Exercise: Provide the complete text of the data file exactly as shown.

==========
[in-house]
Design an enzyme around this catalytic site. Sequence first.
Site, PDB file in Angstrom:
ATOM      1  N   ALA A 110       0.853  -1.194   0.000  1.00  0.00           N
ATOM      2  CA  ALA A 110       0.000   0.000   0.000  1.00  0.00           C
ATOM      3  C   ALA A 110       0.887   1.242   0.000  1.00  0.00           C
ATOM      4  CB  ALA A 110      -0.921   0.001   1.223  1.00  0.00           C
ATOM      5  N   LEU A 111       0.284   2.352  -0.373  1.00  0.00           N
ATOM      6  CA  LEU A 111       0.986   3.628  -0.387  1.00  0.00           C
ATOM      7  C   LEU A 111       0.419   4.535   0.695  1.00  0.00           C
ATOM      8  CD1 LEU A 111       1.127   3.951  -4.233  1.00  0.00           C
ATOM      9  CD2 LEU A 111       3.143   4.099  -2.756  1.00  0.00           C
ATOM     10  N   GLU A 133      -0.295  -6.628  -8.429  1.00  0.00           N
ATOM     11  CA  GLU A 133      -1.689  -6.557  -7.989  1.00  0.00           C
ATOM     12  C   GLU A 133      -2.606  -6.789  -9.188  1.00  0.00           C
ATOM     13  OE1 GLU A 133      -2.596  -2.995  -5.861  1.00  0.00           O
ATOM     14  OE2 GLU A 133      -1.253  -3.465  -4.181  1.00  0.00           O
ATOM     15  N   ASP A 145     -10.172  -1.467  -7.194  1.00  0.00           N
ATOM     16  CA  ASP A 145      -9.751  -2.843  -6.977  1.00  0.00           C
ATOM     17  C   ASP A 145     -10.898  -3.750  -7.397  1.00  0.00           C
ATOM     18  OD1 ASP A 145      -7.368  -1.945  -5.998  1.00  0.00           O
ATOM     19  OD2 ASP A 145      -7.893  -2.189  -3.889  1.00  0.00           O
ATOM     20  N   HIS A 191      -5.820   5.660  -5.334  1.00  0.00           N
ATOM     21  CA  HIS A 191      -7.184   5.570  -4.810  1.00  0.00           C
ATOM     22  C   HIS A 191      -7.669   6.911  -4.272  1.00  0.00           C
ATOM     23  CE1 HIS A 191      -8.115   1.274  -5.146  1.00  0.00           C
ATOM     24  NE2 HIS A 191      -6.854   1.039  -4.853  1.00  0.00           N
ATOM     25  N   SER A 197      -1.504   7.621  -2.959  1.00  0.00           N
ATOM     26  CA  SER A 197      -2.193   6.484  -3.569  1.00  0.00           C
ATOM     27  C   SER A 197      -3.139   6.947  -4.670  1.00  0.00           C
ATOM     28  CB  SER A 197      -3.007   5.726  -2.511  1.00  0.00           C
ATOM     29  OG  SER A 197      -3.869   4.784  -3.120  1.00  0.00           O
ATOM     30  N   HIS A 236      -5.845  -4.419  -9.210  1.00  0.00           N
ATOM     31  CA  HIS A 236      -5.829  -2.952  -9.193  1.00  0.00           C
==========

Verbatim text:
[in-house]
Design an enzyme around this catalytic site. Sequence first.
Site, PDB file in Angstrom:
ATOM      1  N   ALA A 110       0.853  -1.194   0.000  1.00  0.00           N
ATOM      2  CA  ALA A 110       0.000   0.000   0.000  1.00  0.00           C
ATOM      3  C   ALA A 110       0.887   1.242   0.000  1.00  0.00           C
ATOM      4  CB  ALA A 110      -0.921   0.001   1.223  1.00  0.00           C
ATOM      5  N   LEU A 111       0.284   2.352  -0.373  1.00  0.00           N
ATOM      6  CA  LEU A 111       0.986   3.628  -0.387  1.00  0.00           C
ATOM      7  C   LEU A 111       0.419   4.535   0.695  1.00  0.00           C
ATOM      8  CD1 LEU A 111       1.127   3.951  -4.233  1.00  0.00           C
ATOM      9  CD2 LEU A 111       3.143   4.099  -2.756  1.00  0.00           C
ATOM     10  N   GLU A 133      -0.295  -6.628  -8.429  1.00  0.00           N
ATOM     11  CA  GLU A 133      -1.689  -6.557  -7.989  1.00  0.00           C
ATOM     12  C   GLU A 133      -2.606  -6.789  -9.188  1.00  0.00           C
ATOM     13  OE1 GLU A 133      -2.596  -2.995  -5.861  1.00  0.00           O
ATOM     14  OE2 GLU A 133      -1.253  -3.465  -4.181  1.00  0.00           O
ATOM     15  N   ASP A 145     -10.172  -1.467  -7.194  1.00  0.00           N
ATOM     16  CA  ASP A 145      -9.751  -2.843  -6.977  1.00  0.00           C
ATOM     17  C   ASP A 145     -10.898  -3.750  -7.397  1.00  0.00           C
ATOM     18  OD1 ASP A 145      -7.368  -1.945  -5.998  1.00  0.00           O
ATOM     19  OD2 ASP A 145      -7.893  -2.189  -3.889  1.00  0.00           O
ATOM     20  N   HIS A 191      -5.820   5.660  -5.334  1.00  0.00           N
ATOM     21  CA  HIS A 191      -7.184   5.570  -4.810  1.00  0.00           C
ATOM     22  C   HIS A 191      -7.669   6.911  -4.272  1.00  0.00           C
ATOM     23  CE1 HIS A 191      -8.115   1.274  -5.146  1.00  0.00           C
ATOM     24  NE2 HIS A 191      -6.854   1.039  -4.853  1.00  0.00           N
ATOM     25  N   SER A 197      -1.504   7.621  -2.959  1.00  0.00           N
ATOM     26  CA  SER A 197      -2.193   6.484  -3.569  1.00  0.00           C
ATOM     27  C   SER A 197      -3.139   6.947  -4.670  1.00  0.00           C
ATOM     28  CB  SER A 197      -3.007   5.726  -2.511  1.00  0.00           C
ATOM     29  OG  SER A 197      -3.869   4.784  -3.120  1.00  0.00           O
ATOM     30  N   HIS A 236      -5.845  -4.419  -9.210  1.00  0.00           N
ATOM     31  CA  HIS A 236      -5.829  -2.952  -9.193  1.00  0.00           C